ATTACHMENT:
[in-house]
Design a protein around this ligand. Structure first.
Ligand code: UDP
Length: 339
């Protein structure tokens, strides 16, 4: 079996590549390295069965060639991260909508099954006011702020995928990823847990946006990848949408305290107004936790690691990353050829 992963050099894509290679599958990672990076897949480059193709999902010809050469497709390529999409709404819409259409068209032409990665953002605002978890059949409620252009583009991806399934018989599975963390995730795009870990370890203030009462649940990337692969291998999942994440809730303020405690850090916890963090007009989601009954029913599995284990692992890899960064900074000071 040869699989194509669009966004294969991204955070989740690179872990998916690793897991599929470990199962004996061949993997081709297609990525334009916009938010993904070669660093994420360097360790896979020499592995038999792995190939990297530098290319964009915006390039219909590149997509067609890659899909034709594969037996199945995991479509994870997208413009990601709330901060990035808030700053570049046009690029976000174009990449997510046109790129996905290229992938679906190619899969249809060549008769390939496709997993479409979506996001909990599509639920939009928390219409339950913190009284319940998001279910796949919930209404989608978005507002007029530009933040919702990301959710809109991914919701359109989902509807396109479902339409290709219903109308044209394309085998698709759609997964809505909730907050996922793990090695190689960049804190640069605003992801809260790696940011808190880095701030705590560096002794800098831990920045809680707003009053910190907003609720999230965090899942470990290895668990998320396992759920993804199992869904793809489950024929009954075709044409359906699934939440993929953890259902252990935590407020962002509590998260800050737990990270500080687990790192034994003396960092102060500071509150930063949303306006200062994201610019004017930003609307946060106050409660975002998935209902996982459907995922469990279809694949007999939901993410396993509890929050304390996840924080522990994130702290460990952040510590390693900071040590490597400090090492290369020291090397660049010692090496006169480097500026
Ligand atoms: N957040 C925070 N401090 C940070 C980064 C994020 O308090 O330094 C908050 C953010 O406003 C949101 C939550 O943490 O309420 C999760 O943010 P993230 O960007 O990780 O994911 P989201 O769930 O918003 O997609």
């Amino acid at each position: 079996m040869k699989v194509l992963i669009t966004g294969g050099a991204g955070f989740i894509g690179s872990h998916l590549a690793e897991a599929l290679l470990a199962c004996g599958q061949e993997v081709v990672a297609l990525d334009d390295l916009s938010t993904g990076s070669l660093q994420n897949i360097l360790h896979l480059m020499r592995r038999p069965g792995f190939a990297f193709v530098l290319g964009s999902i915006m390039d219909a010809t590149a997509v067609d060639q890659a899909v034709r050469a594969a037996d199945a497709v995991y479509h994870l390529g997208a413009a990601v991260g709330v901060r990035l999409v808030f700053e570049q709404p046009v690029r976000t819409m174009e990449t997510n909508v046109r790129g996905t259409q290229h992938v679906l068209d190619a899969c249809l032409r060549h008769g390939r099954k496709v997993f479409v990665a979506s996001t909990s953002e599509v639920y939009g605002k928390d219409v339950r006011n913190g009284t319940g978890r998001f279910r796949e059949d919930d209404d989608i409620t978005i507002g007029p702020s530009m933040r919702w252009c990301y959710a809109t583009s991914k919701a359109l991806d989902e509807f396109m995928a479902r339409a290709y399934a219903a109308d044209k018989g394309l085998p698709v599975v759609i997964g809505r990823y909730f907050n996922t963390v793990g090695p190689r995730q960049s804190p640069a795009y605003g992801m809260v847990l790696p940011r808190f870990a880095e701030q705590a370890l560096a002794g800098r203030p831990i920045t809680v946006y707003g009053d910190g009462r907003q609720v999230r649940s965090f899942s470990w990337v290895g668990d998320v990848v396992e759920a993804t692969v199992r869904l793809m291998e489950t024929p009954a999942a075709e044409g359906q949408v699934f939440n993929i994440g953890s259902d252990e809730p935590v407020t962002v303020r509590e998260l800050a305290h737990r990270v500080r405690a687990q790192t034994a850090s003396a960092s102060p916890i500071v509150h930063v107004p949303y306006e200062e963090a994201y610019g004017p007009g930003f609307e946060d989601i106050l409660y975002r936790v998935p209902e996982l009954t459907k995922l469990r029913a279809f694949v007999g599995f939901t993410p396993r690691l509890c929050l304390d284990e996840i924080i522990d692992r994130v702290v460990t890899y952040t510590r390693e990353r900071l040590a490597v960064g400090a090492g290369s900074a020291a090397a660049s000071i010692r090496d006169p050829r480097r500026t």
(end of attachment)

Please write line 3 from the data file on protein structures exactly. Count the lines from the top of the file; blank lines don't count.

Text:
Ligand code: UDP